By Brian Krebs
washingtonpost.com Staff Writer
December 19, 2005
Guidance Software -- the leading provider of software used to diagnose
hacker break-ins -- has itself been hacked, resulting in the exposure
of financial and personal data connected to thousands of law
enforcement officials and network-security professionals.
Guidance alerted customers to the incident in a letter sent last week,
saying it discovered on Dec. 7 that hackers had broken into a company
database and made off with approximately 3,800 customer credit card
numbers. The Pasadena, Calif.-based company said the incident occurred
sometime in November and that it is working with the U.S. Secret
Service on a more detailed investigation.
Michael G. Kessler, president of New York City-based
computer-forensics investigative firm Kessler International, received
a letter notifying him that the company's American Express card was
among those compromised by the attackers. Kessler received the notice
from Guidance at the same time that a company credit-bill arrived with
what he said were $20,000 in unauthorized charges for pay-per-click
advertising at Google.com.
"I just got our American Express bill and nearly fell out of my
chair," Kessler said. "You'd think Guidance would be the last company
this kind of thing would happen to."
Guidance's EnCase software is used by hundreds of security researchers
and law enforcement agencies worldwide, including the U.S. Secret
Service, the FBI and New York City police. John Colbert, the company's
chief executive officer, said Guidance alerted all of its customers
less than two days after discovering the break-in, and that it would
no longer store customer credit card data.
"This certainly highlights the fact that intrusions can happen to
anybody and that nobody should be complacent about security," he said.
Colbert declined to discuss further details of the attack, citing the
Guidance stored customer records in unencrypted databases, and
indefinitely retained customers' "card value verification" (CVV)
numbers, the three-digit codes on the back of credit cards that are
meant to protect against fraud in online and telephone sales,
according to Colbert and the notification letter sent to customers.
Merchant guidelines published by both Visa and Mastercard require
sellers to encrypt customer credit-card databases. They are also
prohibited from retaining CVV numbers for any longer than it takes to
verify a given transaction.
Companies that violate those standards can be fined $500,000 per
violation. Credit card issuers generally levee such fines against the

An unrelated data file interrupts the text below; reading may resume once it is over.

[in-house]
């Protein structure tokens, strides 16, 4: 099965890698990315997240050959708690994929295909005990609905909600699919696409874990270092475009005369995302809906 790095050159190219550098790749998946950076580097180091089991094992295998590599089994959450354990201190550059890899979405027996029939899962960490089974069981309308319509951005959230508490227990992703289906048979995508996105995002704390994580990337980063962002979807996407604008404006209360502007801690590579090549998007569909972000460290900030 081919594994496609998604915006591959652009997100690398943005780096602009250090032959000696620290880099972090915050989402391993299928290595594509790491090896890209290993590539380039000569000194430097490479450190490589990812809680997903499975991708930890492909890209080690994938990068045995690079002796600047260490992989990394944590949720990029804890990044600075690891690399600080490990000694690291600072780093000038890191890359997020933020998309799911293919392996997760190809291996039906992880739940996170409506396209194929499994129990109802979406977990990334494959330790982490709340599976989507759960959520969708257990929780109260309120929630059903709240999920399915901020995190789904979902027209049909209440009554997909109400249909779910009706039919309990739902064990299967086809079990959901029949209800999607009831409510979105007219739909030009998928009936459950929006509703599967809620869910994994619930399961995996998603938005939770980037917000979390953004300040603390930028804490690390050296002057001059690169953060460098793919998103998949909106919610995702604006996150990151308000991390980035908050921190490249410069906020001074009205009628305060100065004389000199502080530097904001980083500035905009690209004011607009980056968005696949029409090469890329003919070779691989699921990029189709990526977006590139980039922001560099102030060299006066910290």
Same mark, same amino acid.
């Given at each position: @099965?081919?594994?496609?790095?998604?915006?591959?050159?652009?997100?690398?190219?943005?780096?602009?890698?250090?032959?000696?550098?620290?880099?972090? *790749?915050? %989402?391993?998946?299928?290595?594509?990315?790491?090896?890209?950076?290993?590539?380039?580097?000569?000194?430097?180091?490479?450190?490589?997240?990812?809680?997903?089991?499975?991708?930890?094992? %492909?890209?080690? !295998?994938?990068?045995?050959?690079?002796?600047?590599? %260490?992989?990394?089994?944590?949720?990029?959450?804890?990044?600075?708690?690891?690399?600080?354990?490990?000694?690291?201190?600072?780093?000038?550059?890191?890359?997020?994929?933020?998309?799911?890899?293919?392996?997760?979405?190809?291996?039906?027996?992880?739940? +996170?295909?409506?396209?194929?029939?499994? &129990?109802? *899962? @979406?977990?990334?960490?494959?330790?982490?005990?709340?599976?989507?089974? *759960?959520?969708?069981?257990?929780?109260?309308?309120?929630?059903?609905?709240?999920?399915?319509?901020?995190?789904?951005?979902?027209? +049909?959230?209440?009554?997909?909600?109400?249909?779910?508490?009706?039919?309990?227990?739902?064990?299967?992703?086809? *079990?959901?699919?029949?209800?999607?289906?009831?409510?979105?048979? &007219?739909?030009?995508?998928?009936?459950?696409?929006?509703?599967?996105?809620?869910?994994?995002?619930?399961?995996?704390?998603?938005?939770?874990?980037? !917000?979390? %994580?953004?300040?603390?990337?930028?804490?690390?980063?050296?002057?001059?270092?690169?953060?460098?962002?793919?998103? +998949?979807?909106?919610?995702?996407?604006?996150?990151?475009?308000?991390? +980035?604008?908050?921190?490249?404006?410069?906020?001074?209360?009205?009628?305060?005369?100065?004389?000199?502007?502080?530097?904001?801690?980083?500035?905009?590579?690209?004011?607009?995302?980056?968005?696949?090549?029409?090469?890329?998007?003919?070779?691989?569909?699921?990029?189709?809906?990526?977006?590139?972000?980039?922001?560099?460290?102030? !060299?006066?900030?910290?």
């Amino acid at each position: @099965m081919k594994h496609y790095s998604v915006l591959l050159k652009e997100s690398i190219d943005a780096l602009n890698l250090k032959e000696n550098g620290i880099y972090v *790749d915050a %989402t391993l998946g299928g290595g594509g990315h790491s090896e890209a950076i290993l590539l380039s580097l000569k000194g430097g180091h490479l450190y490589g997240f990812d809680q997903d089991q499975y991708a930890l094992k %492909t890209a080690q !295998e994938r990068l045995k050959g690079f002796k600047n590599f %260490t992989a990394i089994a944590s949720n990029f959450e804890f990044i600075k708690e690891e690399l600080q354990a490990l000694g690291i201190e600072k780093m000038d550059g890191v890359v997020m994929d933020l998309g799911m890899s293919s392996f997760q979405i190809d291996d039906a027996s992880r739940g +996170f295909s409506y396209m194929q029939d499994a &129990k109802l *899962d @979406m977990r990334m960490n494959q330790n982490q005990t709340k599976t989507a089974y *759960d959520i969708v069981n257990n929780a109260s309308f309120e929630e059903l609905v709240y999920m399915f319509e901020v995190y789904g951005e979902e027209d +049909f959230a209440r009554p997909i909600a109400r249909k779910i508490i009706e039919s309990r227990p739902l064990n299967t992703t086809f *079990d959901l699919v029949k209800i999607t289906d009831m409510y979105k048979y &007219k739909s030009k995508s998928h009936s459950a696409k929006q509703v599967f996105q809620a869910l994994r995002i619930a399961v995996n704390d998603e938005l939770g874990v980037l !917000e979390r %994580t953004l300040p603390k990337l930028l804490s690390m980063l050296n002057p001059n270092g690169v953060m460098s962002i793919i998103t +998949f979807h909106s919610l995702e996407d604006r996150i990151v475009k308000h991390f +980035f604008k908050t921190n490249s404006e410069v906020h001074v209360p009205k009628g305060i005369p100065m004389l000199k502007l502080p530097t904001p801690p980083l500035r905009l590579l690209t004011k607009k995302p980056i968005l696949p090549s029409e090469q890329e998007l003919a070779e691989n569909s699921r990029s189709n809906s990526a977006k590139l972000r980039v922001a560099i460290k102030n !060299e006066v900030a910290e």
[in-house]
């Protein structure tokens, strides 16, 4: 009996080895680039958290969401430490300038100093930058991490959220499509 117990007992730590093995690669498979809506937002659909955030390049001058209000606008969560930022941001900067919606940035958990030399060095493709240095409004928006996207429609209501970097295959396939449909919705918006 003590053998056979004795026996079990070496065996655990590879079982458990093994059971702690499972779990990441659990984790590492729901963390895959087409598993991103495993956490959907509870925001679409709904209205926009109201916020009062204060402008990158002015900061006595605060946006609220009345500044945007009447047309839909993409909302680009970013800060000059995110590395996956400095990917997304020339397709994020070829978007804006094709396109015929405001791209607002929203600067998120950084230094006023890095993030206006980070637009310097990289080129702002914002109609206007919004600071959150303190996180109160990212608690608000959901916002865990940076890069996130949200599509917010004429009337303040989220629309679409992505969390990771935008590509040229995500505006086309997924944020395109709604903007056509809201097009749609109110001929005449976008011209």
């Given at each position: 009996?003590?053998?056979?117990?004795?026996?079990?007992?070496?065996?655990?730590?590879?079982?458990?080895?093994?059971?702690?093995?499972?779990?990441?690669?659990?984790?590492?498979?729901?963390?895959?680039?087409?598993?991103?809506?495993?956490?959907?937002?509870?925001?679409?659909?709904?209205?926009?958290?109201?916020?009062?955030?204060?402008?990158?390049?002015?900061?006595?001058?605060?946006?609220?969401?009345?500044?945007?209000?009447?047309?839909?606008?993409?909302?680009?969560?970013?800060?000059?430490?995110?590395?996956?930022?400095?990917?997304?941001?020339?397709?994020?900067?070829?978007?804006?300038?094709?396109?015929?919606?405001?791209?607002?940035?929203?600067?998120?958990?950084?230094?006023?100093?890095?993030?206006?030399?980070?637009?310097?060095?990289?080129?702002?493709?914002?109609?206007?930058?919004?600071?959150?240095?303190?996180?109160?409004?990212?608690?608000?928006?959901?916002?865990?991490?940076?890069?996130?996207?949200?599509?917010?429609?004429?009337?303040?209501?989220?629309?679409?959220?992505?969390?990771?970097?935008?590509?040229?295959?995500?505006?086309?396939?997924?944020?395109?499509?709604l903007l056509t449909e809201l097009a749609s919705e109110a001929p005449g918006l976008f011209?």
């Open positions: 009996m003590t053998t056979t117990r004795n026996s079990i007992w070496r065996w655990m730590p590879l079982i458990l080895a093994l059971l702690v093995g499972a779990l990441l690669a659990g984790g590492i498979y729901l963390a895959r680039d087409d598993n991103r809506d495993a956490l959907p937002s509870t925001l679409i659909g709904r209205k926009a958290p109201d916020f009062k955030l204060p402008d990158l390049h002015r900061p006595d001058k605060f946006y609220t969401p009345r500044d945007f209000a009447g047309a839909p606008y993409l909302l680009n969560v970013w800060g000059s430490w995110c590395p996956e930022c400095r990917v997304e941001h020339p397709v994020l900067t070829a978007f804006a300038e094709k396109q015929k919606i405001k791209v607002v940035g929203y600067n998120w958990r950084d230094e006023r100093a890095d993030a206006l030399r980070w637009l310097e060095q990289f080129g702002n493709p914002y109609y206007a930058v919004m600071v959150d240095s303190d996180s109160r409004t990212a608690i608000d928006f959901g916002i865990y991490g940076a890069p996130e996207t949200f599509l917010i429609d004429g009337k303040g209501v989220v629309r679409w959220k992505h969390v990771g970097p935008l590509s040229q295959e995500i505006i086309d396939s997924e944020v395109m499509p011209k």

bank that processes payment transactions for the merchant that commits
the violations. The fines usually are passed on to the offending
Secret Service and FBI customers were among those whose information
was included in the hacked database, Colbert said, but he declined to
say whether credit card information belonging to those agencies was
Secret Service spokesman Eric Zahren would only confirm that the
agency is investigating the break-in. FBI officials could not be
immediately reached for comment.
Kessler said several of his company's employees also received notices.
Among the items Guidance said were taken by hackers were company
employee's names, addresses, telephone numbers, credit card numbers,
card expiration dates and card verification numbers.
Another security professional who got the notification letter said he
was surprised that the company did not detect the intrusion for nearly
two weeks, a lapse in time that could make it much more difficult to
catch the perpetrators.
"Unfortunately, most cyber crimes require being worked very quickly in
order to gather data before it is purged either by attackers or just
in the normal course of business," said Doug Rehman, president of
Rehman Technology Services in Mount Dora, Fla., who learned that his
credit card and personal data had been exposed.
"Hopefully this incident will be a call for our community to wake up,
particularly the vendors who ought to be among the forefront of in
dealing with security issues," Rehman said.
The intrusion at Guidance caps a year marked by an unprecedented
number of disclosures about hacker break-ins at major corporations
that hold customer data. Many of those attacks targeted law
enforcement entities indirectly or directly. In March, data aggregator
LexisNexis acknowledged that hackers had illegally accessed
information on more than 310,000 consumers, an attack that was later
determined to have been launched after hackers broke into computers
used by at least two separate police departments.
Last week, investigators at CardCops.com found that a digital
intrusion at a company that manufactures police name badges had
compromised the personal information and credit card accounts
belonging to dozens of police departments and officers.
Krebs is a reporter for washingtonpost.com.
=A9 2005 Washingtonpost.Newsweek Interactive
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